Stop Shell from Drilling in the Arctic Before It’s Too Late

by George Pletnikoff

January 9, 2013

Looking at news tapes and pictures of Shells beached rig, the Kulluk, is an amazing sight. The Kulluk is now off the beach and in the middle of prime tanner crab grounds in Kiliuda Bay on Kodiak Island. Floating in the middle of this calm bay surrounded by snow covered mountains, it looks innocent enough. But, we have since known better.

Royal Dutch Shell is telling the world that they have the technology and ability to drill for oil in the frozen and treacherous Arctic Ocean, and do it well. Unfortunately the grounding of the Kulluk and the grounding of the Noble Discoverer earlier last year are a stark reminder that drilling in the Arctic is wrought with extreme dangers.The Kulluk beached itself a mere 55 miles from the largest U.S. Coast Guard base on the entire west coast of the United States, and was able to move the rig to a safe harbor. In the Chukchi Sea, there is no U.S. Coast Guard base. On the Arctic coastline, there are no safe harbors. And in the Arctic there is no recourse to assure a quick and proper response to mitigate the event of a spill or accident such as the one we have just witnessed. Fortunately there was no spill this time, but it does mean that the other impacts of the Kulluks grounding demands that we pay close attention to the risks involved in underwater fossil fuel extraction.

The closest community to the grounding is Old Harbor, a largely Aleutiq village just west of the incident. This must be a wake up call for all coastal communities, especially now here in Alaska. The slogan for the Anchorage, the largest city in Alaska, is Big, Wild Life. Our short trip to the Kulluk was a glaring reminder that yes, Alaska is big and it is wild and full of life, which can be so intimidating. Because of its size, and because so many people believe we are yet so wild, there is a romantic thought that incidents such as this terrible accident have little or no significant impact on Mother Nature. We also rarely hear about the impacts on the small village communities. Our subsistence ways of life depends upon the health of the environment. Our isolation from the rest of the world means not having immediate access to alternative foods and emergency resources.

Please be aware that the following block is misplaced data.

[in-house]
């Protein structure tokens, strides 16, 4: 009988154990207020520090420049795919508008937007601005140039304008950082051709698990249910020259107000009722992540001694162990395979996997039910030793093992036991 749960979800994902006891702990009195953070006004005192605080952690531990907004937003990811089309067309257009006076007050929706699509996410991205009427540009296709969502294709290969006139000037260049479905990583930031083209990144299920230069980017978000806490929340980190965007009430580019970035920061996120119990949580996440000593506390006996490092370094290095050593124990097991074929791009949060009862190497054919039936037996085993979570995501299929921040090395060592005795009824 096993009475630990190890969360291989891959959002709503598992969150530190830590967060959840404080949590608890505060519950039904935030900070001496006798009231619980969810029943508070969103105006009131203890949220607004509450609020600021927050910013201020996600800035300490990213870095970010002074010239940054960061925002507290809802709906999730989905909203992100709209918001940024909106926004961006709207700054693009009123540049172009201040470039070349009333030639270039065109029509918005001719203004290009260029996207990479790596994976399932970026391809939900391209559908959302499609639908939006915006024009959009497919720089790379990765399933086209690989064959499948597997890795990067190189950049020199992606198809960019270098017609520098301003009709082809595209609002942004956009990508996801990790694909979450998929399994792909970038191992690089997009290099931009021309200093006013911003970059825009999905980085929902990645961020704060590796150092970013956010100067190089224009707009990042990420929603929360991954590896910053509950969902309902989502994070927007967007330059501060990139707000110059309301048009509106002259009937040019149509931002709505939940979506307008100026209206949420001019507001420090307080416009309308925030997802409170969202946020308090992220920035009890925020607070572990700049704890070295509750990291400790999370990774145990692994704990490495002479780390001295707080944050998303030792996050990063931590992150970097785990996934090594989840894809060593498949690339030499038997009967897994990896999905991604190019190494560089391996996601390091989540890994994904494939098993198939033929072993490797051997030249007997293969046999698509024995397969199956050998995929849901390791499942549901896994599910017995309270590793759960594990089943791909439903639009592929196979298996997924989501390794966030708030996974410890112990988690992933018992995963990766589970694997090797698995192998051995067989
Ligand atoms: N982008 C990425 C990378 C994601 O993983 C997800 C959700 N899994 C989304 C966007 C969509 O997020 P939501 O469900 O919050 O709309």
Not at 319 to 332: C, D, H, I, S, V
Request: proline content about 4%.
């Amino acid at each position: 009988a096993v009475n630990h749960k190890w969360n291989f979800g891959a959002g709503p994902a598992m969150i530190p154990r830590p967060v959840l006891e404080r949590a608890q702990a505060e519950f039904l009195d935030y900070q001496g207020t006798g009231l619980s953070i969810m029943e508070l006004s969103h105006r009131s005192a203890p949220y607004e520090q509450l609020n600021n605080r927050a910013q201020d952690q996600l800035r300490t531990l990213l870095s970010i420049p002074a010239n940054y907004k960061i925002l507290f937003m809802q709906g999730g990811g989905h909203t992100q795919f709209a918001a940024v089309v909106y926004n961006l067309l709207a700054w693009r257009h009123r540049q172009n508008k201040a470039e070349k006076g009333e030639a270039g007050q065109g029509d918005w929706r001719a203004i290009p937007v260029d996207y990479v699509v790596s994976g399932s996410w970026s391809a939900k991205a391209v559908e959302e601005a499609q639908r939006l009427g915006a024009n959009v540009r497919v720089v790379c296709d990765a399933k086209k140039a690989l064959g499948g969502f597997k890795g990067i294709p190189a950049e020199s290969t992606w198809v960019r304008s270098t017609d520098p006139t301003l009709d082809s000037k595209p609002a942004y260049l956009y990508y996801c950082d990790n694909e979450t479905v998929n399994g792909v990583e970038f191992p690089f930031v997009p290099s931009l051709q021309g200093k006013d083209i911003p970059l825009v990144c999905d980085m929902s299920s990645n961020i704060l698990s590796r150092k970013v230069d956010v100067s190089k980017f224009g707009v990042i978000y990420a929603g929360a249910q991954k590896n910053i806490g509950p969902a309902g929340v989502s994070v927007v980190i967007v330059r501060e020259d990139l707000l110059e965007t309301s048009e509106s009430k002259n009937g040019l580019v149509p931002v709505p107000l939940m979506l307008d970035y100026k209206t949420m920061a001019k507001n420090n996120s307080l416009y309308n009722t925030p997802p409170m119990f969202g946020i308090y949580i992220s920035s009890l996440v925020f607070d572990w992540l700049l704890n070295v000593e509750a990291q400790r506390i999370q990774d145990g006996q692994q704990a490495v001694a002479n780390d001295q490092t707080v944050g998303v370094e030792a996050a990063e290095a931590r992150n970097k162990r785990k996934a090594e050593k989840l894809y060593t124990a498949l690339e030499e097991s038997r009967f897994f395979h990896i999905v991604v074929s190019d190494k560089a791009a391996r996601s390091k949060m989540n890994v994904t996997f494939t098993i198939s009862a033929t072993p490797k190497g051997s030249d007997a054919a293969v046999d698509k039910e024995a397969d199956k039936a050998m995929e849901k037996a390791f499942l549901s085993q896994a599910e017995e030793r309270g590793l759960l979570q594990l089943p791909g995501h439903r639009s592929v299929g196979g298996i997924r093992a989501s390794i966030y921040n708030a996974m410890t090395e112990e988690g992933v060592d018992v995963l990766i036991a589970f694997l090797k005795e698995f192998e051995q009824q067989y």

The long standing history of our homes, where our ancestors lived and survived, were given to us with so many hopes and dreams. From the very beginning, the first steps to drill for oil, to the last, the transport of the oil is inherently dangerous and terribly destructive, especially here in the Arctic. Even in what seems so innocent as the transport of the equipment used to drill for this oil, the risks are huge. Let us pay close, very close attention.

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